Marie Elisabeth Jean Elmes (5 May 1908 – 9 March 2002) was an Irish businesswoman and aid worker who is credited with saving the lives of at least 200 Jewish children during the Holocaust by hiding them in the boot of her car.In 2015, she became the first and so far the only Irish citizen honoured as Righteous Among the Nations by the State of Israel which was in recognition of her work in the Spanish Civil War and World War II.
Born in 1908 at Winthrop Street in Cork, where her parents had a pharmacy, Mary Elmes studied French and Spanish at Trinity College Dublin
and at the London School of Economics, before going to Spain in the 1930s during the civil war there, where she worked in children’s hospitals.
During the Holocaust, she helped save the lives of Jewish children at the Rivesaltes in the Pyrénées, which became a holding centre for Jews destined for concentration camps.In January 1943, she was arrested on suspicion of helping Jews escape and spent six months in a jail near Paris.
On her release, she returned to helping Jewish people escape the Holocaust.
It would take Prof Ronald Friend almost 70 years to identify the person who saved his life. Then, one morning in January 2011, an email popped into his inbox with a name. The woman who had extricated him from a detention camp during the Second World War was called “Miss Elms”.
He would later discover that her name was, in fact, Mary Elmes. Other details would follow. She was born in Cork City in 1908 and she had helped to save hundreds of Jewish children from the Nazi gas chamber.
(A 1943 school photo of Ronald Friend (middle row, 3rd from left) who was mixed in with local children at a school in the South of France. Mary Elmes extricated Ronald and his brother from the detention camp in 1942)
He and his brother, then aged 18 months and five years old respectively, were two of those children. Although Prof Friend had spent years piecing together the details of his early childhood, this final piece of the jigsaw had always eluded him.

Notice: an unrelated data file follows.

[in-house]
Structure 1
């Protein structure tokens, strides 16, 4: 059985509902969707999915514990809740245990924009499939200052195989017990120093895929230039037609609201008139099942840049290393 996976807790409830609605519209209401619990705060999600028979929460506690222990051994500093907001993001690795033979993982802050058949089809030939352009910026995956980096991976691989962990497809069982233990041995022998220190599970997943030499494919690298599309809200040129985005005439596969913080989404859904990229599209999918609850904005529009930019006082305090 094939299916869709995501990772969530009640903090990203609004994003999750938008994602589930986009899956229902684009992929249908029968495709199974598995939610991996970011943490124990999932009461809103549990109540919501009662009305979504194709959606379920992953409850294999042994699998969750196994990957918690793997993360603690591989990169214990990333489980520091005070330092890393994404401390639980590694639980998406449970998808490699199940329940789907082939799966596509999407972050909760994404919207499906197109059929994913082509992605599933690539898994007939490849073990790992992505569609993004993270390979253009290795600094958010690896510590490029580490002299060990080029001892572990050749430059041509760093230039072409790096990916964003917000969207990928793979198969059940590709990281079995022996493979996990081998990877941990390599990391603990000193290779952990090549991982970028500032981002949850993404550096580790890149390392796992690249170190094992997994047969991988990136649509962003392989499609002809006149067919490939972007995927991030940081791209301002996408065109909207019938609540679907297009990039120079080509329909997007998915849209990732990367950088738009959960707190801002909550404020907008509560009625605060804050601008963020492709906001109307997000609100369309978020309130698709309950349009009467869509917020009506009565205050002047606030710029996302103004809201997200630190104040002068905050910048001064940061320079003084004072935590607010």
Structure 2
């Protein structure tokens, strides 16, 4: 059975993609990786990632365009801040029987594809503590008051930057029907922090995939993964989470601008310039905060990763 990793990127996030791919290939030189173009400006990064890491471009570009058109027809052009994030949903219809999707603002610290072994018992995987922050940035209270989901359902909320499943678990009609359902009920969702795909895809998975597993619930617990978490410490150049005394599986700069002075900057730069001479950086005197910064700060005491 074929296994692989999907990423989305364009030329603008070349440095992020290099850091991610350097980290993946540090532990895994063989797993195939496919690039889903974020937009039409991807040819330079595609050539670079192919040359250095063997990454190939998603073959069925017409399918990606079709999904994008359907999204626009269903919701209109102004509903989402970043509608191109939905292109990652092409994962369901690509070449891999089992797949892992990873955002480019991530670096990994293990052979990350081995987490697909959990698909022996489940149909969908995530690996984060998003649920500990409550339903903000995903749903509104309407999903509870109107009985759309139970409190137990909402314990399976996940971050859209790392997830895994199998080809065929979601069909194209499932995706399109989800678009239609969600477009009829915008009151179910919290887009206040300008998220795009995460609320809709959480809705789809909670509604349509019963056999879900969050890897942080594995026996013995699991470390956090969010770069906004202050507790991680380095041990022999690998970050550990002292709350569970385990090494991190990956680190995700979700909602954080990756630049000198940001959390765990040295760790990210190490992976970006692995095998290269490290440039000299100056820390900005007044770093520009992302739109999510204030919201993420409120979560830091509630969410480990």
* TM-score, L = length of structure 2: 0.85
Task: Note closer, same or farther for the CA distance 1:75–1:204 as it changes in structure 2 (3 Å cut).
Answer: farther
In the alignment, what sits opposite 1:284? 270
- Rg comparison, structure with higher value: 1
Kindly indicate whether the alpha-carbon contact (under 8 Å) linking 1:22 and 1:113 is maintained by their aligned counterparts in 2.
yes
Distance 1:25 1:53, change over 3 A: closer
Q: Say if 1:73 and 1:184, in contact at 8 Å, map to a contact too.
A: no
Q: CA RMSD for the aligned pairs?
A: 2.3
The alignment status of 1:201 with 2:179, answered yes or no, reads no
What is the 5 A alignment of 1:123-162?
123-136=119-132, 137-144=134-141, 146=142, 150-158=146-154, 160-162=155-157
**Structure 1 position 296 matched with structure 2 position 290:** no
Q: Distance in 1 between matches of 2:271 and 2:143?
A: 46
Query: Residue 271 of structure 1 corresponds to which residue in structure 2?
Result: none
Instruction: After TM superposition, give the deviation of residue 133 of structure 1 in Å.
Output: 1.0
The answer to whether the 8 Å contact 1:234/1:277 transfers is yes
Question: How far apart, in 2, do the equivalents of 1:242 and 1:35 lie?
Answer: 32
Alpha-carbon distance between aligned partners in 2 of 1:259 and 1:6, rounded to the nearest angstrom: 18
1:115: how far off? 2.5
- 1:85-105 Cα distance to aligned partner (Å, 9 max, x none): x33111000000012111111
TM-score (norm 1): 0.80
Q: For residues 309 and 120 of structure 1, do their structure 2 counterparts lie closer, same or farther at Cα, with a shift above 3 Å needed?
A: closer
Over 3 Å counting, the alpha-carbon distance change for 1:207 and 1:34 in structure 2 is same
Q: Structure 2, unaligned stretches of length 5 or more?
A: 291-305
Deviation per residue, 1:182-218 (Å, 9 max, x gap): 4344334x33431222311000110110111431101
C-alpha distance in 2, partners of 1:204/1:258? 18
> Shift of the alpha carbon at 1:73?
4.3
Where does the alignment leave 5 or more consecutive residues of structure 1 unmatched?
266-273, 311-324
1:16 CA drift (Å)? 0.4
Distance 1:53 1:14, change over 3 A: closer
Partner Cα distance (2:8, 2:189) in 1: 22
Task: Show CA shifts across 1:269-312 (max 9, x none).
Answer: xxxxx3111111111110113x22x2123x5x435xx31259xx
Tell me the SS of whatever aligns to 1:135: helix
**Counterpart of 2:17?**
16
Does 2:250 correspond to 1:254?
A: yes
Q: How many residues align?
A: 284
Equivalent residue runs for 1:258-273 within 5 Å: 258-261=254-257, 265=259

He had the end of the story, but not the beginning.
He had known, for instance, of his family’s near-escape over the Swiss border in 1942. His father Hans and brother Mario had made it to safety over the border. They turned back, however, when they saw that police had stopped young Ronald and his mother, Eva. They would all be detained at Rivesaltes, a notorious holding camp near Perpignan in the south of France.
He had evidence, too, that he had been spirited away to a safe house in Toulouse. He even met the French priest, Fr Louis Bézard, who had hidden him and his brother in a suitcase as they passed through Toulouse train station under intense Gestapo surveillance.
On 25 September 1942, Mary Elmes wrote to say that they were going to be liberated the next day and taken to a Quaker hostel, or “colony”, in Vernet-le-Bains, called the Hotel du Portugal.
The hotel is still there.” He and his brother were finally reunited with their mother Eva in 1947 but they found out their father Hans had been deported to Majdanek camp in 1943. He perished there.
On completing her studies Mary joined the University of London Ambulance Unit in Spain to help the innocent victims of the vicious ongoing Spanish Civil War. She was posted to Almeria in southern Spain to a children’s hospital that soon came under the administration of a Quaker humanitarian organisation the Friends Service Council. Almeria was bombarded by the German Navy in support of Franco’s fascists and Mary was moved further north to Alicante. Her organisational skills were obviously already evident as in Alicante she was put in charge of the hospital.
Things were no easier in Alicante as the fighting raged on and the town sustained one of the worst aerial attacks of the war in May 1938, this time at the hands of the Italian airforce when more than 300 civilians were killed. Despite the desperate circumstances Mary was committed to her work realising that though she may be able to leave, the children she was helping had no choice but to remain. Her commitment was such that even when her father died back in Cork she refused to return home as no replacement for her could be found. It was at this time that Mary began taking children from the war-torn city up into the mountains to offer some refuge from the fighting and the daily horrors they witnessed.